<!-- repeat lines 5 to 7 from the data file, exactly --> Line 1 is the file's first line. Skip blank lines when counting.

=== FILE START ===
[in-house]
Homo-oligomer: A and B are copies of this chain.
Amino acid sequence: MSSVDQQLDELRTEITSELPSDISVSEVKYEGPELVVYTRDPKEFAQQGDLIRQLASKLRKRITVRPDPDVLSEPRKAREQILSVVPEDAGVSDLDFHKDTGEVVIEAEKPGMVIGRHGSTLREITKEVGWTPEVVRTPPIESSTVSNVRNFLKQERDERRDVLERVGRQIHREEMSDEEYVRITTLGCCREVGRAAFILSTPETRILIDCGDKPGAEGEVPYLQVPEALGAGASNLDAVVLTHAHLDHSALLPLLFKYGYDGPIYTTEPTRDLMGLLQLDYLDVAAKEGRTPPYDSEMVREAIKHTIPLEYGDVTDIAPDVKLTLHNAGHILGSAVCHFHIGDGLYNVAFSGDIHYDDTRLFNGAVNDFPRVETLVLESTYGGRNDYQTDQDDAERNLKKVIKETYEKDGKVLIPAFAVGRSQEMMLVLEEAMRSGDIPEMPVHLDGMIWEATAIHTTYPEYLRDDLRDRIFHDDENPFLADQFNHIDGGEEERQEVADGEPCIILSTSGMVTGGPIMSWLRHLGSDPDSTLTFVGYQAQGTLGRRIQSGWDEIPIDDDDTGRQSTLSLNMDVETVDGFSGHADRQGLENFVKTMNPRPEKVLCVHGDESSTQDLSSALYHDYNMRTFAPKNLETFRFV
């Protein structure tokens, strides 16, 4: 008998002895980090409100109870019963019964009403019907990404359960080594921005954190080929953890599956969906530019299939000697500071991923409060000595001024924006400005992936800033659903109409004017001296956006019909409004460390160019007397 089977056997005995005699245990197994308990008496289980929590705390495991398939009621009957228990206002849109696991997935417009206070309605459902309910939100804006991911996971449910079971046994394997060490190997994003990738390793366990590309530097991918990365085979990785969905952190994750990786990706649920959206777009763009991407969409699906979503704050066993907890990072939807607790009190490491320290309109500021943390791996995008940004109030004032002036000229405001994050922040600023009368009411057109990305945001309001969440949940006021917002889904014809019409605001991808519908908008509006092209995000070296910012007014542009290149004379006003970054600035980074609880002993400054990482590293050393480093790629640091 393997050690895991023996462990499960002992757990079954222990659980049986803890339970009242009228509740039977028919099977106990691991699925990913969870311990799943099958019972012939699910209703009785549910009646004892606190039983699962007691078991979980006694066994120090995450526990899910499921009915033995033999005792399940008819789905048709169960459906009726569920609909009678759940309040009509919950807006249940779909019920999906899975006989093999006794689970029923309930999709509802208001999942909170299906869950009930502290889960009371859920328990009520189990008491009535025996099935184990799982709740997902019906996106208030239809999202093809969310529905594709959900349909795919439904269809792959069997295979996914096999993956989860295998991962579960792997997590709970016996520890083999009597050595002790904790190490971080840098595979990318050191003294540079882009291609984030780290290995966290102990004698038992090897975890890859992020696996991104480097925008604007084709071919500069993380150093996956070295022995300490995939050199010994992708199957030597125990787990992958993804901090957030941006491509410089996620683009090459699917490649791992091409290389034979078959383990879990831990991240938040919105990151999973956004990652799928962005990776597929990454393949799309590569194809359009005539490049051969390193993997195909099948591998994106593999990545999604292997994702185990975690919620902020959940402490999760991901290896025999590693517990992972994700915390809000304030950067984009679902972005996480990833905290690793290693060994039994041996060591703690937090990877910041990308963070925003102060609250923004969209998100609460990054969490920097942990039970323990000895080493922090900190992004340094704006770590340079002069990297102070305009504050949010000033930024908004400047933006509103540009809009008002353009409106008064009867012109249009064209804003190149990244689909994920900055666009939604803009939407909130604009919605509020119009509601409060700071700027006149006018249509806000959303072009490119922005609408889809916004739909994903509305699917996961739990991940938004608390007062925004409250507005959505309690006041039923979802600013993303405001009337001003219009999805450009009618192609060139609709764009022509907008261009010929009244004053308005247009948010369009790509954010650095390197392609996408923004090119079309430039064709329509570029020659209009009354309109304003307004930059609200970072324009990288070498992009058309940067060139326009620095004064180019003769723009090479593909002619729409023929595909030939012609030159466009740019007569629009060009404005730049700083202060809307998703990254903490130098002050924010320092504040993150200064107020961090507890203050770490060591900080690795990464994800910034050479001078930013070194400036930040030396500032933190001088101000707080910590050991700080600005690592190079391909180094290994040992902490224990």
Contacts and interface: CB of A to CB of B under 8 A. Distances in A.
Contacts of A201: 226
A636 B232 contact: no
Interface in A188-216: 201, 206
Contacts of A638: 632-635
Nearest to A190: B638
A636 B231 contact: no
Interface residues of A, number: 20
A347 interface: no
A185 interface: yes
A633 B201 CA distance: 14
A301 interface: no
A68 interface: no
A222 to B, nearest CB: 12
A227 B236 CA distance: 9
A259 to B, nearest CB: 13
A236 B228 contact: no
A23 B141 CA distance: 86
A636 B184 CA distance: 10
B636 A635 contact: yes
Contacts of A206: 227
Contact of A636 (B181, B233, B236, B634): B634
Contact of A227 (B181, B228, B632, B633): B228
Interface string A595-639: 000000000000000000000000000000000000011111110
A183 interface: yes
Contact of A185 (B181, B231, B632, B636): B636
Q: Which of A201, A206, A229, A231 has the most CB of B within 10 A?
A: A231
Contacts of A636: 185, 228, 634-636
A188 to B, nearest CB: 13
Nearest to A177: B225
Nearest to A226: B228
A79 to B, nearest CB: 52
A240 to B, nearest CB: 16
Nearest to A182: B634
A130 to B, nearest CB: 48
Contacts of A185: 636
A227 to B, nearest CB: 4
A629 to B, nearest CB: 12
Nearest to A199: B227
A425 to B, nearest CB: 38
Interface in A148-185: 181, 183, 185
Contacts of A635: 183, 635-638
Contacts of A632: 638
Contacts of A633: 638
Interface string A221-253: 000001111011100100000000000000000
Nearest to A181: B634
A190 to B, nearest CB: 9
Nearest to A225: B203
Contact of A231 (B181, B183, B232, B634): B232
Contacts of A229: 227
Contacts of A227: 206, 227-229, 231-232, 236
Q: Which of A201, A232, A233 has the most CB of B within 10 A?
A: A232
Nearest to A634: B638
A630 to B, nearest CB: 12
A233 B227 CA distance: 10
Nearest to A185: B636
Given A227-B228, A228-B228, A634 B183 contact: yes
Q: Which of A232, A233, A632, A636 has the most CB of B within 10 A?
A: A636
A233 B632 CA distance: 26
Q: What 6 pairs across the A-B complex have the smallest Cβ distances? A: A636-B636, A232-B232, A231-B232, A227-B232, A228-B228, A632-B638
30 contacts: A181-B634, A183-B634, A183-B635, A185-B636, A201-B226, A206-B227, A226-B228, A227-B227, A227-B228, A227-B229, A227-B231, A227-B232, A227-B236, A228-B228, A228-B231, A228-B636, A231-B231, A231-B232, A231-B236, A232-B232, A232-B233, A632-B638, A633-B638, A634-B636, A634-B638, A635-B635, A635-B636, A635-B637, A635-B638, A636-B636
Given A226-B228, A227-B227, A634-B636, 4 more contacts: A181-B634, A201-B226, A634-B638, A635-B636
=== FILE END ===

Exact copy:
Contacts and interface: CB of A to CB of B under 8 A. Distances in A.
Contacts of A201: 226
A636 B232 contact: no